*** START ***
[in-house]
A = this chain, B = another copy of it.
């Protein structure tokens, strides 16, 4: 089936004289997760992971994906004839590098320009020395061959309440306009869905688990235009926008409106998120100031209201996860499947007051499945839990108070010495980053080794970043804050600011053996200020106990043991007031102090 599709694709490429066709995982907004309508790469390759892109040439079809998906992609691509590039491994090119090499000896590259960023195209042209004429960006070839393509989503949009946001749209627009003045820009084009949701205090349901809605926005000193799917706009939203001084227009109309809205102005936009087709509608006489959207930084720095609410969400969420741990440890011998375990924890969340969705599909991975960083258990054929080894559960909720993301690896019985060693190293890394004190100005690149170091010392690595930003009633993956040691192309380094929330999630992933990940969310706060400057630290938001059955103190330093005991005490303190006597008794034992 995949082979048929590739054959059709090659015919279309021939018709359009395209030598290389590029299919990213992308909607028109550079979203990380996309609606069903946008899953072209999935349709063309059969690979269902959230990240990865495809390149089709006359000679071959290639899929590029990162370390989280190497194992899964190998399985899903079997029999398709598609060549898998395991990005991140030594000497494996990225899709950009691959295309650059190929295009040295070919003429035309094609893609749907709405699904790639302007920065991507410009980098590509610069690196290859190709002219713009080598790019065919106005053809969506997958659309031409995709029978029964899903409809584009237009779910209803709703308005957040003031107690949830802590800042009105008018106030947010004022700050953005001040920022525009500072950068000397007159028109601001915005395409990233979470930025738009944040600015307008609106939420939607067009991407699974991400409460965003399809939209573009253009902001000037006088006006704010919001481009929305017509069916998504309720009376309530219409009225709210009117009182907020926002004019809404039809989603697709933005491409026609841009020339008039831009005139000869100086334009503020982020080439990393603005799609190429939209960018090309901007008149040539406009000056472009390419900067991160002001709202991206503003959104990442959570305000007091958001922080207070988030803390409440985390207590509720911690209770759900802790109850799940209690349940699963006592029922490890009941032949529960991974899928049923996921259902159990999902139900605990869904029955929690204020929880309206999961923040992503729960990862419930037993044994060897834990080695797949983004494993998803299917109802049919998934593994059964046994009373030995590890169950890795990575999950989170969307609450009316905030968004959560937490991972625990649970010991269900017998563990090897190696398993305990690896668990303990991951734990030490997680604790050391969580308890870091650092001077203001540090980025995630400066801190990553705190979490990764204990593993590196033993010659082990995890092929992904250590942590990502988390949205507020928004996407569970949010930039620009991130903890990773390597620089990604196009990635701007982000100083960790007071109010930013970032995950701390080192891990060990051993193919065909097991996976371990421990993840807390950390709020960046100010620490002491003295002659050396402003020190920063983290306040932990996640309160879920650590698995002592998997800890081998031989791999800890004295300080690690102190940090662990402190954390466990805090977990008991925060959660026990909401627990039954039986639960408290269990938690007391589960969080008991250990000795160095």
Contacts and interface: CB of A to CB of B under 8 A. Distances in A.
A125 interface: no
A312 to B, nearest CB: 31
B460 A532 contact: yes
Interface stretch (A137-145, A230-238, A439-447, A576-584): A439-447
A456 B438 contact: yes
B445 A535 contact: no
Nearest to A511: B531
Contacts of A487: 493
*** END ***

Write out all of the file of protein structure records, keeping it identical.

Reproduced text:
[in-house]
A = this chain, B = another copy of it.
């Protein structure tokens, strides 16, 4: 089936004289997760992971994906004839590098320009020395061959309440306009869905688990235009926008409106998120100031209201996860499947007051499945839990108070010495980053080794970043804050600011053996200020106990043991007031102090 599709694709490429066709995982907004309508790469390759892109040439079809998906992609691509590039491994090119090499000896590259960023195209042209004429960006070839393509989503949009946001749209627009003045820009084009949701205090349901809605926005000193799917706009939203001084227009109309809205102005936009087709509608006489959207930084720095609410969400969420741990440890011998375990924890969340969705599909991975960083258990054929080894559960909720993301690896019985060693190293890394004190100005690149170091010392690595930003009633993956040691192309380094929330999630992933990940969310706060400057630290938001059955103190330093005991005490303190006597008794034992 995949082979048929590739054959059709090659015919279309021939018709359009395209030598290389590029299919990213992308909607028109550079979203990380996309609606069903946008899953072209999935349709063309059969690979269902959230990240990865495809390149089709006359000679071959290639899929590029990162370390989280190497194992899964190998399985899903079997029999398709598609060549898998395991990005991140030594000497494996990225899709950009691959295309650059190929295009040295070919003429035309094609893609749907709405699904790639302007920065991507410009980098590509610069690196290859190709002219713009080598790019065919106005053809969506997958659309031409995709029978029964899903409809584009237009779910209803709703308005957040003031107690949830802590800042009105008018106030947010004022700050953005001040920022525009500072950068000397007159028109601001915005395409990233979470930025738009944040600015307008609106939420939607067009991407699974991400409460965003399809939209573009253009902001000037006088006006704010919001481009929305017509069916998504309720009376309530219409009225709210009117009182907020926002004019809404039809989603697709933005491409026609841009020339008039831009005139000869100086334009503020982020080439990393603005799609190429939209960018090309901007008149040539406009000056472009390419900067991160002001709202991206503003959104990442959570305000007091958001922080207070988030803390409440985390207590509720911690209770759900802790109850799940209690349940699963006592029922490890009941032949529960991974899928049923996921259902159990999902139900605990869904029955929690204020929880309206999961923040992503729960990862419930037993044994060897834990080695797949983004494993998803299917109802049919998934593994059964046994009373030995590890169950890795990575999950989170969307609450009316905030968004959560937490991972625990649970010991269900017998563990090897190696398993305990690896668990303990991951734990030490997680604790050391969580308890870091650092001077203001540090980025995630400066801190990553705190979490990764204990593993590196033993010659082990995890092929992904250590942590990502988390949205507020928004996407569970949010930039620009991130903890990773390597620089990604196009990635701007982000100083960790007071109010930013970032995950701390080192891990060990051993193919065909097991996976371990421990993840807390950390709020960046100010620490002491003295002659050396402003020190920063983290306040932990996640309160879920650590698995002592998997800890081998031989791999800890004295300080690690102190940090662990402190954390466990805090977990008991925060959660026990909401627990039954039986639960408290269990938690007391589960969080008991250990000795160095």
Contacts and interface: CB of A to CB of B under 8 A. Distances in A.
A125 interface: no
A312 to B, nearest CB: 31
B460 A532 contact: yes
Interface stretch (A137-145, A230-238, A439-447, A576-584): A439-447
A456 B438 contact: yes
B445 A535 contact: no
Nearest to A511: B531
Contacts of A487: 493